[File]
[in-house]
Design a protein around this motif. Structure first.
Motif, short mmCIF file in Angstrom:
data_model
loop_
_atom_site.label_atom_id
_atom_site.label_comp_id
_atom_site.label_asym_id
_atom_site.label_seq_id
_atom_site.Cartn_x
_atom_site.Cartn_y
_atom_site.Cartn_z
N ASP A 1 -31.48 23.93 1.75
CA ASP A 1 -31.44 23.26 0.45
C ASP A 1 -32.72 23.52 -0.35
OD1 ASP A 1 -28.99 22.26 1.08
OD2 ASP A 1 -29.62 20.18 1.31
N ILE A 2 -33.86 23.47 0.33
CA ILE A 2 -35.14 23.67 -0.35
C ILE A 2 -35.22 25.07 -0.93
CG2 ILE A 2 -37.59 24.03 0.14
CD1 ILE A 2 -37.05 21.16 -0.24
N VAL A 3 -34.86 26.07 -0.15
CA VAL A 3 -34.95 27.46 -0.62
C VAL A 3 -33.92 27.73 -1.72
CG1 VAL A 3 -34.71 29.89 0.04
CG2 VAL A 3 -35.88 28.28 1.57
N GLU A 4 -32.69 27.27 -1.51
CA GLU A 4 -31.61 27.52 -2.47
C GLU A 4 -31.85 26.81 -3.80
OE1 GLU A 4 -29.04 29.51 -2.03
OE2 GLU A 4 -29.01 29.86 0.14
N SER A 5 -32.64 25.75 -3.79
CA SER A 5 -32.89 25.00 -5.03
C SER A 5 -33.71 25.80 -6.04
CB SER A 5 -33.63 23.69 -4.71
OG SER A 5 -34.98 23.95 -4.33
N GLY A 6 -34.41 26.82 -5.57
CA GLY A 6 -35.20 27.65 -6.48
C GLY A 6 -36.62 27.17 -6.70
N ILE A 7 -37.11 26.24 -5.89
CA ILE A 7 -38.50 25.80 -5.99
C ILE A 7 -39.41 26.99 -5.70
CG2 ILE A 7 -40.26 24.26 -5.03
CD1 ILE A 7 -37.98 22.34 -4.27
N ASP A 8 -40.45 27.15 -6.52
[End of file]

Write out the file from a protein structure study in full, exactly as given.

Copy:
[in-house]
Design a protein around this motif. Structure first.
Motif, short mmCIF file in Angstrom:
data_model
loop_
_atom_site.label_atom_id
_atom_site.label_comp_id
_atom_site.label_asym_id
_atom_site.label_seq_id
_atom_site.Cartn_x
_atom_site.Cartn_y
_atom_site.Cartn_z
N ASP A 1 -31.48 23.93 1.75
CA ASP A 1 -31.44 23.26 0.45
C ASP A 1 -32.72 23.52 -0.35
OD1 ASP A 1 -28.99 22.26 1.08
OD2 ASP A 1 -29.62 20.18 1.31
N ILE A 2 -33.86 23.47 0.33
CA ILE A 2 -35.14 23.67 -0.35
C ILE A 2 -35.22 25.07 -0.93
CG2 ILE A 2 -37.59 24.03 0.14
CD1 ILE A 2 -37.05 21.16 -0.24
N VAL A 3 -34.86 26.07 -0.15
CA VAL A 3 -34.95 27.46 -0.62
C VAL A 3 -33.92 27.73 -1.72
CG1 VAL A 3 -34.71 29.89 0.04
CG2 VAL A 3 -35.88 28.28 1.57
N GLU A 4 -32.69 27.27 -1.51
CA GLU A 4 -31.61 27.52 -2.47
C GLU A 4 -31.85 26.81 -3.80
OE1 GLU A 4 -29.04 29.51 -2.03
OE2 GLU A 4 -29.01 29.86 0.14
N SER A 5 -32.64 25.75 -3.79
CA SER A 5 -32.89 25.00 -5.03
C SER A 5 -33.71 25.80 -6.04
CB SER A 5 -33.63 23.69 -4.71
OG SER A 5 -34.98 23.95 -4.33
N GLY A 6 -34.41 26.82 -5.57
CA GLY A 6 -35.20 27.65 -6.48
C GLY A 6 -36.62 27.17 -6.70
N ILE A 7 -37.11 26.24 -5.89
CA ILE A 7 -38.50 25.80 -5.99
C ILE A 7 -39.41 26.99 -5.70
CG2 ILE A 7 -40.26 24.26 -5.03
CD1 ILE A 7 -37.98 22.34 -4.27
N ASP A 8 -40.45 27.15 -6.52